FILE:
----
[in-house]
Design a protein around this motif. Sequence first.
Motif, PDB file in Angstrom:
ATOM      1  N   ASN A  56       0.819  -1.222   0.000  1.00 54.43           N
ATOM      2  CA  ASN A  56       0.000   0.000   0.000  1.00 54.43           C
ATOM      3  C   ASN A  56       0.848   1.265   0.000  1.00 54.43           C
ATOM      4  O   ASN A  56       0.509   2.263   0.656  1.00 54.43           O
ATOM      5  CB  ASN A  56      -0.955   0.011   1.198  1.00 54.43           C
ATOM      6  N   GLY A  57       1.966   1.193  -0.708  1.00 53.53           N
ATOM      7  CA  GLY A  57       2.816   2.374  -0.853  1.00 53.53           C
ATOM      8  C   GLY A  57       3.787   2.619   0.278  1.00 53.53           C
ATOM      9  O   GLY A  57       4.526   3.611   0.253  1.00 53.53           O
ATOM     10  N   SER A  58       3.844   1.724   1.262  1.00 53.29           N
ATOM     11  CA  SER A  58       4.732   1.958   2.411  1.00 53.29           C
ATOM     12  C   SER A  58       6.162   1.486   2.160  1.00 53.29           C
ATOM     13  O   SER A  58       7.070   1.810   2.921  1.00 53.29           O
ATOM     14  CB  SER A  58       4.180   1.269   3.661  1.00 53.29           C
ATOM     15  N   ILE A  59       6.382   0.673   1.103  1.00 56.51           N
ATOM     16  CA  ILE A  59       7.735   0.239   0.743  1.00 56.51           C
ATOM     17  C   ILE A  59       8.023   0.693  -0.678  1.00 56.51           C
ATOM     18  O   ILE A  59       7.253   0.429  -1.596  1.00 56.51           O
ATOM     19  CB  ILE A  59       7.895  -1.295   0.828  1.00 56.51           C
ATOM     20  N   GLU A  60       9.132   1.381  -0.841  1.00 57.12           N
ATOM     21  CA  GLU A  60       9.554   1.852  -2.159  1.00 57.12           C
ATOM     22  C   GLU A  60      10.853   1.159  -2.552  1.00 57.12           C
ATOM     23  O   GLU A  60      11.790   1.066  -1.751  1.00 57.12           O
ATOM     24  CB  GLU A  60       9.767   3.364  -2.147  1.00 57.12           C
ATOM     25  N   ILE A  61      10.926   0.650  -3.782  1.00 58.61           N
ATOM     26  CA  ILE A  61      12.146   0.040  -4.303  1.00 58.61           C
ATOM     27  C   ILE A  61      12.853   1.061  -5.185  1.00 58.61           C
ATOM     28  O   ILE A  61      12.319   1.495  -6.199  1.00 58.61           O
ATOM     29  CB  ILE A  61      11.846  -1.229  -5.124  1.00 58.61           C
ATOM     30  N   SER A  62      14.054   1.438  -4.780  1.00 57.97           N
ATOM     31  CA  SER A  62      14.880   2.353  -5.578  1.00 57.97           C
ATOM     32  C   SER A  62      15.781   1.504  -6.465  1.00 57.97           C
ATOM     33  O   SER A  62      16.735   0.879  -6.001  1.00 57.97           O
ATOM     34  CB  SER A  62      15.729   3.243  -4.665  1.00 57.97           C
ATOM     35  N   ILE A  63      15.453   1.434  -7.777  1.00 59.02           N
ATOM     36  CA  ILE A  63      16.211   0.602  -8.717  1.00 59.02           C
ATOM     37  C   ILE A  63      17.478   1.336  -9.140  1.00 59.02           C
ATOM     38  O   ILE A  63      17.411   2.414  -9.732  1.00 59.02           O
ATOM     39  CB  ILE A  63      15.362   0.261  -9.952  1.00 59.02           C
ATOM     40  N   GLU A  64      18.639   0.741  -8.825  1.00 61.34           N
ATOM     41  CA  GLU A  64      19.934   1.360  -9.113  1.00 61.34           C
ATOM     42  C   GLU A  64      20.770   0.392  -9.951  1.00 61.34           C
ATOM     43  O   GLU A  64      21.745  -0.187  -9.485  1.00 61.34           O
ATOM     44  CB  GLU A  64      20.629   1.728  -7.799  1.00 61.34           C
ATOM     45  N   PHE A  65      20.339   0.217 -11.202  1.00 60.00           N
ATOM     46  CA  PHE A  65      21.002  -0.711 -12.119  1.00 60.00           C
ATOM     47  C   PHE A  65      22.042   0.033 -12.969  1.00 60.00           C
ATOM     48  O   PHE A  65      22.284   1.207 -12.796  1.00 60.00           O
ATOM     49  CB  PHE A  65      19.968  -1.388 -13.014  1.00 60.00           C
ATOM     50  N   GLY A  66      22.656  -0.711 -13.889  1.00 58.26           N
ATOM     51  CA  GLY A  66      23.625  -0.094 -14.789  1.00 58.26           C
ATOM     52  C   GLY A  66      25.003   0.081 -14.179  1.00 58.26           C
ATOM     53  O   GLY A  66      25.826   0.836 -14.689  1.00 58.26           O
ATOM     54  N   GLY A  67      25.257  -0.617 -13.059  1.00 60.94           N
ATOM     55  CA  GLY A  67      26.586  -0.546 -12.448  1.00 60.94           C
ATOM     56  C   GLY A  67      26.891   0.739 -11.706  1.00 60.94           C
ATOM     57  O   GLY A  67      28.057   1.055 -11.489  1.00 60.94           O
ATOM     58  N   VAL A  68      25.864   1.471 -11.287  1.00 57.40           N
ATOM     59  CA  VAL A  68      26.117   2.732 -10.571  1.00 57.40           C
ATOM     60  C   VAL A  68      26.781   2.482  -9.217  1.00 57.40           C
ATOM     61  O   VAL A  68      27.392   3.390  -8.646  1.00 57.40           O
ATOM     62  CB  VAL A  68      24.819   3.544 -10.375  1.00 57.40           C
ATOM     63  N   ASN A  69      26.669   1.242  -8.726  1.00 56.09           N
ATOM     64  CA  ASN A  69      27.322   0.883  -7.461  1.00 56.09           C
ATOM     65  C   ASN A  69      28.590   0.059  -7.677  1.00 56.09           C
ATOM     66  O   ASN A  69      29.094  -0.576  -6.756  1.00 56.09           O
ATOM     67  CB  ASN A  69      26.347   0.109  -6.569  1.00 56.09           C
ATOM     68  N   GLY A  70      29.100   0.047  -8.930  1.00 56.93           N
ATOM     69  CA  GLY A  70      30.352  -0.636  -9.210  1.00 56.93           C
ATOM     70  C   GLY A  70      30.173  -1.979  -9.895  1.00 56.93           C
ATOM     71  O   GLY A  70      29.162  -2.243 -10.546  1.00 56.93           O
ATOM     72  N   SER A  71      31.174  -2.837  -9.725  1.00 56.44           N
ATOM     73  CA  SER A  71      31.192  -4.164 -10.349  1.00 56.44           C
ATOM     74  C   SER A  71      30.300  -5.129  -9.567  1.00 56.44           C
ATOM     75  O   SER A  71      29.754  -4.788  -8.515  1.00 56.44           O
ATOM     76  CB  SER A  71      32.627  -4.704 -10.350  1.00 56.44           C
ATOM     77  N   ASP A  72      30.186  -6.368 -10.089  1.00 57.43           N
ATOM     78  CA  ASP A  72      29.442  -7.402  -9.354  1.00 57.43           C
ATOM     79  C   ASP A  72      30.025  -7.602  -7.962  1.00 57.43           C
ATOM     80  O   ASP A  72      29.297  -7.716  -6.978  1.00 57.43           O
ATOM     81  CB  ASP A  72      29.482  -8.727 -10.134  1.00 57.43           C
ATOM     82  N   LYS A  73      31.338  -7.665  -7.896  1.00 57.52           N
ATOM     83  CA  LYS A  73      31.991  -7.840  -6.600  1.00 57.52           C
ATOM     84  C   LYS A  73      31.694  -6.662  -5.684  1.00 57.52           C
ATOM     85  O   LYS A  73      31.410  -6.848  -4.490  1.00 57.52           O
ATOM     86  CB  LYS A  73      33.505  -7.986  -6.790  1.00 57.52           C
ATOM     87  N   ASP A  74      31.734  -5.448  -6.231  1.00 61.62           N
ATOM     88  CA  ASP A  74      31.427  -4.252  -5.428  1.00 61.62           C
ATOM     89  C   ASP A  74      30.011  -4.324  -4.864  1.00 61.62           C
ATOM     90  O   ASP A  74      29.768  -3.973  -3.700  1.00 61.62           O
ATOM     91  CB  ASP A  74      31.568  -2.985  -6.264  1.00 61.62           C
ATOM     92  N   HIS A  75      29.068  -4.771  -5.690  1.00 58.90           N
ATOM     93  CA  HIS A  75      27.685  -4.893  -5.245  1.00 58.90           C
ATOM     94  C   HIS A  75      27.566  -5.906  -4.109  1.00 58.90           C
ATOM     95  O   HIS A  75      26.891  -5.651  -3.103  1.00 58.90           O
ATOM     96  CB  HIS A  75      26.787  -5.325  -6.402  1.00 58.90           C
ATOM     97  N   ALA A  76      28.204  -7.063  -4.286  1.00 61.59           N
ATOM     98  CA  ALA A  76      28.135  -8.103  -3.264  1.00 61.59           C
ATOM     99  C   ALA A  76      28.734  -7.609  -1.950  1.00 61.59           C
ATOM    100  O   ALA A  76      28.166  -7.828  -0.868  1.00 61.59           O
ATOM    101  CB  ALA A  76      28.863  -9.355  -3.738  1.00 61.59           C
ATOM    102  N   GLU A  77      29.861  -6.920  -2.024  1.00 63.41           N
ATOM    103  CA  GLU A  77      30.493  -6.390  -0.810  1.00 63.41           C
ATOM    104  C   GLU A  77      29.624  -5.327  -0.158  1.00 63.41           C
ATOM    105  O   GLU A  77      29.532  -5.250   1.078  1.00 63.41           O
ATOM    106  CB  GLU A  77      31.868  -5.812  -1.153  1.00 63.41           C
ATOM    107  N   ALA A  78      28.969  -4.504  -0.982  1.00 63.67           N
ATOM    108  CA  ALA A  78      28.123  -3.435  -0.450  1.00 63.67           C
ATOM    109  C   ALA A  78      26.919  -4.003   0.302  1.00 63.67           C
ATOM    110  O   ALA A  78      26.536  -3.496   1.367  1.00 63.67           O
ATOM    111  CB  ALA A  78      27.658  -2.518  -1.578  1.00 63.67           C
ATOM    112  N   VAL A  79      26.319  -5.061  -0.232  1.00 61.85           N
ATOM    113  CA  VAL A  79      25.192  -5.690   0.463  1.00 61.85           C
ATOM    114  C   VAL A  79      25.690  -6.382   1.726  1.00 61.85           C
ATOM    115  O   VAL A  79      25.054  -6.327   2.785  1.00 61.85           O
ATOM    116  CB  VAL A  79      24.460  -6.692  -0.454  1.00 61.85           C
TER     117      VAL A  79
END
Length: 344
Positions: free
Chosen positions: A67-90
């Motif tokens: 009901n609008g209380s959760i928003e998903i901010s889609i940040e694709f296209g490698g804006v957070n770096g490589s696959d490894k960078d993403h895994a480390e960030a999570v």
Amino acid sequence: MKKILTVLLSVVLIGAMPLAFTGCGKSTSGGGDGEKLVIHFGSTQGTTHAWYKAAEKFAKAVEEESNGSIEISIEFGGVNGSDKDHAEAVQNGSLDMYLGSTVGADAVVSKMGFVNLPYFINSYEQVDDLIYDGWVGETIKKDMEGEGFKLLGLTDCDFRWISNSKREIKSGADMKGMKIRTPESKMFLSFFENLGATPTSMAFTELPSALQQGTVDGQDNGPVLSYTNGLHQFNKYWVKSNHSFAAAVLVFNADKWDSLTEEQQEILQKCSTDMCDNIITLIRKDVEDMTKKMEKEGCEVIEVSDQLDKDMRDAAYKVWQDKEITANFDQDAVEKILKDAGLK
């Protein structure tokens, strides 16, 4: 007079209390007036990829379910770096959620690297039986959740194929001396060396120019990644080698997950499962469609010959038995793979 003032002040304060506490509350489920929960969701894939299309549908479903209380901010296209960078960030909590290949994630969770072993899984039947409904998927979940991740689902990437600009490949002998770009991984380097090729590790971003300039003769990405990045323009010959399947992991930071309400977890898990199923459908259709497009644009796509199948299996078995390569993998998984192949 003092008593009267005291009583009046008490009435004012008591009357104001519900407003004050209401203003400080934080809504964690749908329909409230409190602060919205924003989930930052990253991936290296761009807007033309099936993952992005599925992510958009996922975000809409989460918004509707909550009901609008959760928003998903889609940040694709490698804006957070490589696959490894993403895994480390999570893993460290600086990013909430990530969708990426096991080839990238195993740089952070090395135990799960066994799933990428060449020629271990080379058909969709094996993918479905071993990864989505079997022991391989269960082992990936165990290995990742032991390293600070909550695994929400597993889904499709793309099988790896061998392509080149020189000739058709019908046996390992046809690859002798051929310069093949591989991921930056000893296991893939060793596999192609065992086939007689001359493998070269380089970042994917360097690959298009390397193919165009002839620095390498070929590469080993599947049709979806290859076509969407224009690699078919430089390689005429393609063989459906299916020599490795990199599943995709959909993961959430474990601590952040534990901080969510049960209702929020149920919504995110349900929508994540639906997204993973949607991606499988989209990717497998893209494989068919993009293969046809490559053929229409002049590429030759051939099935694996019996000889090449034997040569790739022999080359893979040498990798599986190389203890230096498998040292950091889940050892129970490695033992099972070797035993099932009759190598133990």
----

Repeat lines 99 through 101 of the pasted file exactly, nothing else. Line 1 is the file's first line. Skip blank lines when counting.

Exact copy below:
ATOM     96  CB  HIS A  75      26.787  -5.325  -6.402  1.00 58.90           C
ATOM     97  N   ALA A  76      28.204  -7.063  -4.286  1.00 61.59           N
ATOM     98  CA  ALA A  76      28.135  -8.103  -3.264  1.00 61.59           C